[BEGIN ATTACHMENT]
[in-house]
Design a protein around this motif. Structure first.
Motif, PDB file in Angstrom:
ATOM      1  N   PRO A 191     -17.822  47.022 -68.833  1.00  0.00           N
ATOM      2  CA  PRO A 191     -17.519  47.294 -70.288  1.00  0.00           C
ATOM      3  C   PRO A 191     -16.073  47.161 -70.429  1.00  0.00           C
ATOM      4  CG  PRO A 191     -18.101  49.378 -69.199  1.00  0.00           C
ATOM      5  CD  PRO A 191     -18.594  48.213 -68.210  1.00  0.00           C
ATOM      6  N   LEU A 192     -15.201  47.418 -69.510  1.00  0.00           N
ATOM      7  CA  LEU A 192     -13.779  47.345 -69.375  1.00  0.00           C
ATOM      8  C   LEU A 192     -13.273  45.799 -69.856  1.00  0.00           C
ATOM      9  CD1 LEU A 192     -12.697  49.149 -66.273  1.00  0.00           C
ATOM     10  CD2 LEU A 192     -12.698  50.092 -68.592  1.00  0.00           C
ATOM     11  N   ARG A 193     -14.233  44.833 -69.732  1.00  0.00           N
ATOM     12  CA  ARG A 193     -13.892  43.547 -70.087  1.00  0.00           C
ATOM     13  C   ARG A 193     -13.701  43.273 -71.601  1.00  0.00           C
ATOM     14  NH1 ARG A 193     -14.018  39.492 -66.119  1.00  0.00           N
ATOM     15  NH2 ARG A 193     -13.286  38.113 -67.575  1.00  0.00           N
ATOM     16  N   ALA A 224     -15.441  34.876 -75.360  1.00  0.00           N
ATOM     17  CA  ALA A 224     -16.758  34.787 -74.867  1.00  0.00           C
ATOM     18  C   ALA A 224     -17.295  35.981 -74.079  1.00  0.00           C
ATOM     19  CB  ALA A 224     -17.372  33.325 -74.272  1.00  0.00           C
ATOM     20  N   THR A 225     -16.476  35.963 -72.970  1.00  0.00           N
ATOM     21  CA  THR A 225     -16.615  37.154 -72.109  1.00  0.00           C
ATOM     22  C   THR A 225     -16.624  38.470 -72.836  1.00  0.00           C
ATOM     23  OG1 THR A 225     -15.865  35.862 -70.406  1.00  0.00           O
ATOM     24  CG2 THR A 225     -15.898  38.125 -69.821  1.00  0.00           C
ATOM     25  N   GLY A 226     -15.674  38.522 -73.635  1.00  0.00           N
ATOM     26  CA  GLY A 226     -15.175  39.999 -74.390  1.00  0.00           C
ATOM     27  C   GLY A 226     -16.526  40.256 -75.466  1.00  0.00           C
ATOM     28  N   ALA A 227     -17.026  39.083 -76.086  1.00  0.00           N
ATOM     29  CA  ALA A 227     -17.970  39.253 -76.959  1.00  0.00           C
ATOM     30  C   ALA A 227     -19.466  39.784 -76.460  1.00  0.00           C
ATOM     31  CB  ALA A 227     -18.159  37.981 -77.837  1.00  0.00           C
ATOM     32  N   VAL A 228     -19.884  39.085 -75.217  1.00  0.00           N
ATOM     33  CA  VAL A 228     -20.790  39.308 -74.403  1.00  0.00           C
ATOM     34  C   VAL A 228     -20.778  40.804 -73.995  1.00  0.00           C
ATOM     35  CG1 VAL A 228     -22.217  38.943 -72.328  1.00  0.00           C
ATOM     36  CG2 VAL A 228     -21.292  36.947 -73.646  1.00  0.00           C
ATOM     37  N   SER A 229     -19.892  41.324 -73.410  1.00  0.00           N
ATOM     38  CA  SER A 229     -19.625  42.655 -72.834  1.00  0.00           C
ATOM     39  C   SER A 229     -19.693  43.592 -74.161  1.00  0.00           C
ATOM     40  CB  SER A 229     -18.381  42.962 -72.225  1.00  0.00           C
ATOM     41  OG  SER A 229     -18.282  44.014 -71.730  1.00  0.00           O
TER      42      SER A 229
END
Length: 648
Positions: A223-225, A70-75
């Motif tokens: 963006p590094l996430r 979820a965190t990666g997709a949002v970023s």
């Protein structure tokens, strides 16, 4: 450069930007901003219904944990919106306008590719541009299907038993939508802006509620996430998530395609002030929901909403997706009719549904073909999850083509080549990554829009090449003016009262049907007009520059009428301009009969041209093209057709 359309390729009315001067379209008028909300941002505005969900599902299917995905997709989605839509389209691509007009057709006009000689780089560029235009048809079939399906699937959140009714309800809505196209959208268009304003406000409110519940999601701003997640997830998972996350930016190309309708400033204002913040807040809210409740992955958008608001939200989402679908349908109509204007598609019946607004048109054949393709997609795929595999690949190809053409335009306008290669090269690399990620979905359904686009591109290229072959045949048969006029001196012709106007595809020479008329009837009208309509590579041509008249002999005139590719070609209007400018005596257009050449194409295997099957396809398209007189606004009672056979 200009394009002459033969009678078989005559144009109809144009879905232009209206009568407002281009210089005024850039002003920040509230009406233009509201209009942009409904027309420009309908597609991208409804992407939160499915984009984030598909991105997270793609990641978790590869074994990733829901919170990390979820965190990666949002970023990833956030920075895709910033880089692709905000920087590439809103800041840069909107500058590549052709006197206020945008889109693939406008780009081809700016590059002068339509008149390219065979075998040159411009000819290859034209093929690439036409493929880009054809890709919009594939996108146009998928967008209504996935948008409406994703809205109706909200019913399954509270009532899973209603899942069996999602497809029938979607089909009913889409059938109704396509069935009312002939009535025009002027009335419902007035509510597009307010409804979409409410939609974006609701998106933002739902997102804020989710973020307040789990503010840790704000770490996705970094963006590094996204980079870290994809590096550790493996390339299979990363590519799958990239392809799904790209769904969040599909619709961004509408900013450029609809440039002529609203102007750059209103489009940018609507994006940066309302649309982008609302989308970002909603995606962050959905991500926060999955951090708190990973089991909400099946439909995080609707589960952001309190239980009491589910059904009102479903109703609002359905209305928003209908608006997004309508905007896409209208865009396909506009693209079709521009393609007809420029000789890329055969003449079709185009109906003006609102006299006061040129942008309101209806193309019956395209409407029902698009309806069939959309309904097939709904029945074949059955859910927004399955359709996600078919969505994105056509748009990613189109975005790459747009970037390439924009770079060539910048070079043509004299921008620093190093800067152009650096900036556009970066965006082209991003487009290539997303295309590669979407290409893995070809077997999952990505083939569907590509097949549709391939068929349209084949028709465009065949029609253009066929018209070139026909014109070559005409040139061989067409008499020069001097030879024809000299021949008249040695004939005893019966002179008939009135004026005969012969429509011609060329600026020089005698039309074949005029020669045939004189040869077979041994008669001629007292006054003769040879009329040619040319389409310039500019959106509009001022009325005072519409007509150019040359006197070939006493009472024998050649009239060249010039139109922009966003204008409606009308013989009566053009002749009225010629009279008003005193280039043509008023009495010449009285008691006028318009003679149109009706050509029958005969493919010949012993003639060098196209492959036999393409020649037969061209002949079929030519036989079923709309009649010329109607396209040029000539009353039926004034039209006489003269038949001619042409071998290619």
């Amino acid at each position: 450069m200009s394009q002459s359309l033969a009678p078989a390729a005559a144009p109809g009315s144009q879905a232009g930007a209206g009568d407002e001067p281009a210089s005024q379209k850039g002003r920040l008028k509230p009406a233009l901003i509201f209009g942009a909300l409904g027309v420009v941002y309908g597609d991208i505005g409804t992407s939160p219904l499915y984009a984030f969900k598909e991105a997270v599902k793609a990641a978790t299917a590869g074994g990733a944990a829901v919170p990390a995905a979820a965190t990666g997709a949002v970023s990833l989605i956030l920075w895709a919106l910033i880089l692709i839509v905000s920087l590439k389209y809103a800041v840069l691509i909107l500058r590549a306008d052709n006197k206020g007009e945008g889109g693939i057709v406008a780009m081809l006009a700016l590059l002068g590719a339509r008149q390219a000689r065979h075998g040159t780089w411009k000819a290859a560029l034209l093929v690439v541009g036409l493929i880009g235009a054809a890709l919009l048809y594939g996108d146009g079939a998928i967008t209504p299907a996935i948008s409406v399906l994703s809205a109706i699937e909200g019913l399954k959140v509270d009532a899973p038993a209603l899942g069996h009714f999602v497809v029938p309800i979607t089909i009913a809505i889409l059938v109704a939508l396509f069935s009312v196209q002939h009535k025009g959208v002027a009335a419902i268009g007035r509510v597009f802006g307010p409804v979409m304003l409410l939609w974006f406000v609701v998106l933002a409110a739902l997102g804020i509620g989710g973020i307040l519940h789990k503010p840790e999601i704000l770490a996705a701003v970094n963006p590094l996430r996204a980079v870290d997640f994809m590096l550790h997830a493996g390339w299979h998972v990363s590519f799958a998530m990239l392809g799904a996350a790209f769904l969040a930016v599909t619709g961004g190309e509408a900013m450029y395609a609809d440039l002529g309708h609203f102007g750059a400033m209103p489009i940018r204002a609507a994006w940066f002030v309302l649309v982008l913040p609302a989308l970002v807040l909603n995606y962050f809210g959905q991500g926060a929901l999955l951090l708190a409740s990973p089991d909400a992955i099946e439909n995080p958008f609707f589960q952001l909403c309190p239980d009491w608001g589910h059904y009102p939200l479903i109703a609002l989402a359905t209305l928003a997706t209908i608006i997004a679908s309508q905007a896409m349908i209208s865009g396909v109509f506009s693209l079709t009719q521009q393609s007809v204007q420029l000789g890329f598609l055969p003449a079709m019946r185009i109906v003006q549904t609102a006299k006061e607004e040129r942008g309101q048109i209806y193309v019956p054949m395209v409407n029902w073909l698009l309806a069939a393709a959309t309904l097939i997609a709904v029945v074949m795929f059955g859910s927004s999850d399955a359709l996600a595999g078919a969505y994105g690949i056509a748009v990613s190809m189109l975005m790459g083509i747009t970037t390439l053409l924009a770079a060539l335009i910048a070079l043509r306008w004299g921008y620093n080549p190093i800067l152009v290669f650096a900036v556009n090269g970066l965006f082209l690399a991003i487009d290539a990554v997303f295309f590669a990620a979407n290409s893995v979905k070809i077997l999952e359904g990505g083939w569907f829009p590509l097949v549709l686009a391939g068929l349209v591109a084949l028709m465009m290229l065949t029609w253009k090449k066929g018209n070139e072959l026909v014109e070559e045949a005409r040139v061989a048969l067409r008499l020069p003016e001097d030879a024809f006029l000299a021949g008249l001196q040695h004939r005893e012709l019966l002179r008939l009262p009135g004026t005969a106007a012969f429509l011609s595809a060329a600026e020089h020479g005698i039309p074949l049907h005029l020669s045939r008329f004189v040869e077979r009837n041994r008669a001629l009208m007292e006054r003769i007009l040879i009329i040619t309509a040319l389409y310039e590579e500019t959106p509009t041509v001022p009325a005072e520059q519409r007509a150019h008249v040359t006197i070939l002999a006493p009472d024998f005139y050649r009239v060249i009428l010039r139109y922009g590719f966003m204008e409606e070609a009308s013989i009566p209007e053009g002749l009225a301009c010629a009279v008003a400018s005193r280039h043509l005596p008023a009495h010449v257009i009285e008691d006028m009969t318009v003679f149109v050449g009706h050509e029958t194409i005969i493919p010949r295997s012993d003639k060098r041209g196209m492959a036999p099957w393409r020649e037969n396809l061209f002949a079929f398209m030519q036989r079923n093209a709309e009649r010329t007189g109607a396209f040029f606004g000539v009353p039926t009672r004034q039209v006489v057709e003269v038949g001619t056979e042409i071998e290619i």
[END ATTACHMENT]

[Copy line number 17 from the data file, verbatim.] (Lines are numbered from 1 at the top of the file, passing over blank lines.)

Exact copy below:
ATOM     14  NH1 ARG A 193     -14.018  39.492 -66.119  1.00  0.00           N